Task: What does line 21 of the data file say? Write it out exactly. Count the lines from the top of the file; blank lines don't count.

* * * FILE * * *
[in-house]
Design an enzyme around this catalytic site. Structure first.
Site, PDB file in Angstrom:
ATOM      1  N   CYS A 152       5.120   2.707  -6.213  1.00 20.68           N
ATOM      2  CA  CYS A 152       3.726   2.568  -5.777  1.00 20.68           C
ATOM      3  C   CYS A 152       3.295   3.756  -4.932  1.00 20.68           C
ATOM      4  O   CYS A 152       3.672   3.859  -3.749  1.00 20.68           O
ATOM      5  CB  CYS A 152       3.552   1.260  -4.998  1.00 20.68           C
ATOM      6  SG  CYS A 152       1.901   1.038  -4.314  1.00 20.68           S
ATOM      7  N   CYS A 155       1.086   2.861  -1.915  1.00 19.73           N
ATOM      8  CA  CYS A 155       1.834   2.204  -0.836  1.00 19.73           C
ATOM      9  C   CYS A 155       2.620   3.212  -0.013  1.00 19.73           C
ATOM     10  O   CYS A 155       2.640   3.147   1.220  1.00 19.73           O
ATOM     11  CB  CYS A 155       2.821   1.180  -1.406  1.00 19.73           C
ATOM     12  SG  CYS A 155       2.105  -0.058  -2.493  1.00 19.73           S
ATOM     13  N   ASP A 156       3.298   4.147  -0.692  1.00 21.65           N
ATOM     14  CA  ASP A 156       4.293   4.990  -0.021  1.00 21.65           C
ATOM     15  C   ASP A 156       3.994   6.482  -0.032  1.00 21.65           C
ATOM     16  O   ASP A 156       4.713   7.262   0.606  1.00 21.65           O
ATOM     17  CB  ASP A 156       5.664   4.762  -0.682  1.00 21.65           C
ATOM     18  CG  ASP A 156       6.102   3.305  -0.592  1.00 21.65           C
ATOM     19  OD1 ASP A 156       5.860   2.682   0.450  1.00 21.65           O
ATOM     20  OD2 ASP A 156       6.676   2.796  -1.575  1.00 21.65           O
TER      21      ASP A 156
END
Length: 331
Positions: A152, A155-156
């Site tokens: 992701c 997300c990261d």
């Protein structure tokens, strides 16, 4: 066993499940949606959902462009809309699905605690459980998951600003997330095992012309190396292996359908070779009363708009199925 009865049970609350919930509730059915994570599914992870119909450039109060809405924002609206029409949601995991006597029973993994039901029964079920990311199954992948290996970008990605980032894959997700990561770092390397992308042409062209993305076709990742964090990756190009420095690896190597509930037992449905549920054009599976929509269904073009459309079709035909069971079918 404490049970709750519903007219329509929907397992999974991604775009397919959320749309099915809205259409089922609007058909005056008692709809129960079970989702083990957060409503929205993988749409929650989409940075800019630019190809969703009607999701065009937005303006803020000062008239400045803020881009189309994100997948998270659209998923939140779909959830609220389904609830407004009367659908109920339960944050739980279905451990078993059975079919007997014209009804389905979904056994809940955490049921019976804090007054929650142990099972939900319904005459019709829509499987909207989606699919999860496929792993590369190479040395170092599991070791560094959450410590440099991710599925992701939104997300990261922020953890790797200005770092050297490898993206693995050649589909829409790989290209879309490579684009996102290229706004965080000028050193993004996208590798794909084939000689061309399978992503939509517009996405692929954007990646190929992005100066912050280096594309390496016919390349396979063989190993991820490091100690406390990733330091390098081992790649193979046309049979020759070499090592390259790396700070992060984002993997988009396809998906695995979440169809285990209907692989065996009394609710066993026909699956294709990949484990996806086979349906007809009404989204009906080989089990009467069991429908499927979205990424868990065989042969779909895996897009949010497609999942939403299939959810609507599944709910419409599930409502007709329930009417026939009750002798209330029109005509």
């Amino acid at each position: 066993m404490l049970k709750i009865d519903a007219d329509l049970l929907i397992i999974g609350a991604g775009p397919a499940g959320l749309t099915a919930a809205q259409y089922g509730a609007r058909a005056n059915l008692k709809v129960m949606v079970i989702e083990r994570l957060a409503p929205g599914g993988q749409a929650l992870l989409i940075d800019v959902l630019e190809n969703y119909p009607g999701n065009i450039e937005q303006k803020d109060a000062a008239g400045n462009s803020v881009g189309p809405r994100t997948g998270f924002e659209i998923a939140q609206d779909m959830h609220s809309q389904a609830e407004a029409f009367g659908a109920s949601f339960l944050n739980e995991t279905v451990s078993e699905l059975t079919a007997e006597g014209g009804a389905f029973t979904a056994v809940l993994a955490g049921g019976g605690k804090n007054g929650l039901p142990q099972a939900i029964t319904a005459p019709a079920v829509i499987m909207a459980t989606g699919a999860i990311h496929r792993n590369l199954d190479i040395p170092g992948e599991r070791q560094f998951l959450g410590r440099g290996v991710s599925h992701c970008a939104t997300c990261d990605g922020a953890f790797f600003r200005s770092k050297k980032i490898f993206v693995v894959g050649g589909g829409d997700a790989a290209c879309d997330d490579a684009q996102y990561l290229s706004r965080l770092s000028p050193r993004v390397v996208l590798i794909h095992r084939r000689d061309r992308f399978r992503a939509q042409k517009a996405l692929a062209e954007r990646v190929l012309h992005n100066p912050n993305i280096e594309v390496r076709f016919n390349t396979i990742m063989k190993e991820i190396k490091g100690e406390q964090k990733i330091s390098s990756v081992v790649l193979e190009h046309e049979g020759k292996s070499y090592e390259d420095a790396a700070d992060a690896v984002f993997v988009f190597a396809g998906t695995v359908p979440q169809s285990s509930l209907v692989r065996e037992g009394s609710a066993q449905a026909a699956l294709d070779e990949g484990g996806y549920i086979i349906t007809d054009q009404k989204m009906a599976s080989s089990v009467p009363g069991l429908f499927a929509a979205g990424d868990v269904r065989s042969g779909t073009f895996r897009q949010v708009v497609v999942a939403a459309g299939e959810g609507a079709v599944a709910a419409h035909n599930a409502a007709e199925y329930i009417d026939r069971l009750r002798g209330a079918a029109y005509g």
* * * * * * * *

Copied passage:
ATOM     18  CG  ASP A 156       6.102   3.305  -0.592  1.00 21.65           C